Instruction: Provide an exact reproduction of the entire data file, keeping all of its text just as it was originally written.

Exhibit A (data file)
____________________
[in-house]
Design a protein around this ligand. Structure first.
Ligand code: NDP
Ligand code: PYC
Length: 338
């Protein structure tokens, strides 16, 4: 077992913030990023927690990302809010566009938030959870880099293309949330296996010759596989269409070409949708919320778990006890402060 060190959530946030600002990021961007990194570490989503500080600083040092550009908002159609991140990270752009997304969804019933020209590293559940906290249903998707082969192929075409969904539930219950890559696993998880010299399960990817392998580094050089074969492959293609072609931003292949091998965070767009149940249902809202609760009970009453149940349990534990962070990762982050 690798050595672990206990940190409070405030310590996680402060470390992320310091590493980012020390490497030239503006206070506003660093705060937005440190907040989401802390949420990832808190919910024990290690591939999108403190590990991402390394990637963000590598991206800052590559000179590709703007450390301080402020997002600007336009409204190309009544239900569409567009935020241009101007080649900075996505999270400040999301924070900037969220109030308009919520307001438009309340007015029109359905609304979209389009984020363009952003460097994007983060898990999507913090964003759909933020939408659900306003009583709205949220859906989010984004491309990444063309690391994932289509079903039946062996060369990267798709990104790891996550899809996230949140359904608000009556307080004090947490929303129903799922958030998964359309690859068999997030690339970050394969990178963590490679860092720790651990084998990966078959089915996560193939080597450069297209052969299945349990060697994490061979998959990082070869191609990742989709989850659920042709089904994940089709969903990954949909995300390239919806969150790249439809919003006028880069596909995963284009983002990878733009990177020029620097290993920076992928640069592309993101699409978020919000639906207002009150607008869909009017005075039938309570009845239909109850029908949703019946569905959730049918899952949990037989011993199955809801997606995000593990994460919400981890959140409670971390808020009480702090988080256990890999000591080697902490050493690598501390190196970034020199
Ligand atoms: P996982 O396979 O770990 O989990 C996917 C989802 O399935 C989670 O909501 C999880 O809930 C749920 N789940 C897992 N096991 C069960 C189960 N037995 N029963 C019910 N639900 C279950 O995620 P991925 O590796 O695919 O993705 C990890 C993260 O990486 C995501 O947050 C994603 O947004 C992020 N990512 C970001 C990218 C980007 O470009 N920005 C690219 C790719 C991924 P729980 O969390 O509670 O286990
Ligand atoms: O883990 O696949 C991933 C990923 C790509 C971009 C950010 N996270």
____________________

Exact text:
[in-house]
Design a protein around this ligand. Structure first.
Ligand code: NDP
Ligand code: PYC
Length: 338
């Protein structure tokens, strides 16, 4: 077992913030990023927690990302809010566009938030959870880099293309949330296996010759596989269409070409949708919320778990006890402060 060190959530946030600002990021961007990194570490989503500080600083040092550009908002159609991140990270752009997304969804019933020209590293559940906290249903998707082969192929075409969904539930219950890559696993998880010299399960990817392998580094050089074969492959293609072609931003292949091998965070767009149940249902809202609760009970009453149940349990534990962070990762982050 690798050595672990206990940190409070405030310590996680402060470390992320310091590493980012020390490497030239503006206070506003660093705060937005440190907040989401802390949420990832808190919910024990290690591939999108403190590990991402390394990637963000590598991206800052590559000179590709703007450390301080402020997002600007336009409204190309009544239900569409567009935020241009101007080649900075996505999270400040999301924070900037969220109030308009919520307001438009309340007015029109359905609304979209389009984020363009952003460097994007983060898990999507913090964003759909933020939408659900306003009583709205949220859906989010984004491309990444063309690391994932289509079903039946062996060369990267798709990104790891996550899809996230949140359904608000009556307080004090947490929303129903799922958030998964359309690859068999997030690339970050394969990178963590490679860092720790651990084998990966078959089915996560193939080597450069297209052969299945349990060697994490061979998959990082070869191609990742989709989850659920042709089904994940089709969903990954949909995300390239919806969150790249439809919003006028880069596909995963284009983002990878733009990177020029620097290993920076992928640069592309993101699409978020919000639906207002009150607008869909009017005075039938309570009845239909109850029908949703019946569905959730049918899952949990037989011993199955809801997606995000593990994460919400981890959140409670971390808020009480702090988080256990890999000591080697902490050493690598501390190196970034020199
Ligand atoms: P996982 O396979 O770990 O989990 C996917 C989802 O399935 C989670 O909501 C999880 O809930 C749920 N789940 C897992 N096991 C069960 C189960 N037995 N029963 C019910 N639900 C279950 O995620 P991925 O590796 O695919 O993705 C990890 C993260 O990486 C995501 O947050 C994603 O947004 C992020 N990512 C970001 C990218 C980007 O470009 N920005 C690219 C790719 C991924 P729980 O969390 O509670 O286990
Ligand atoms: O883990 O696949 C991933 C990923 C790509 C971009 C950010 N996270």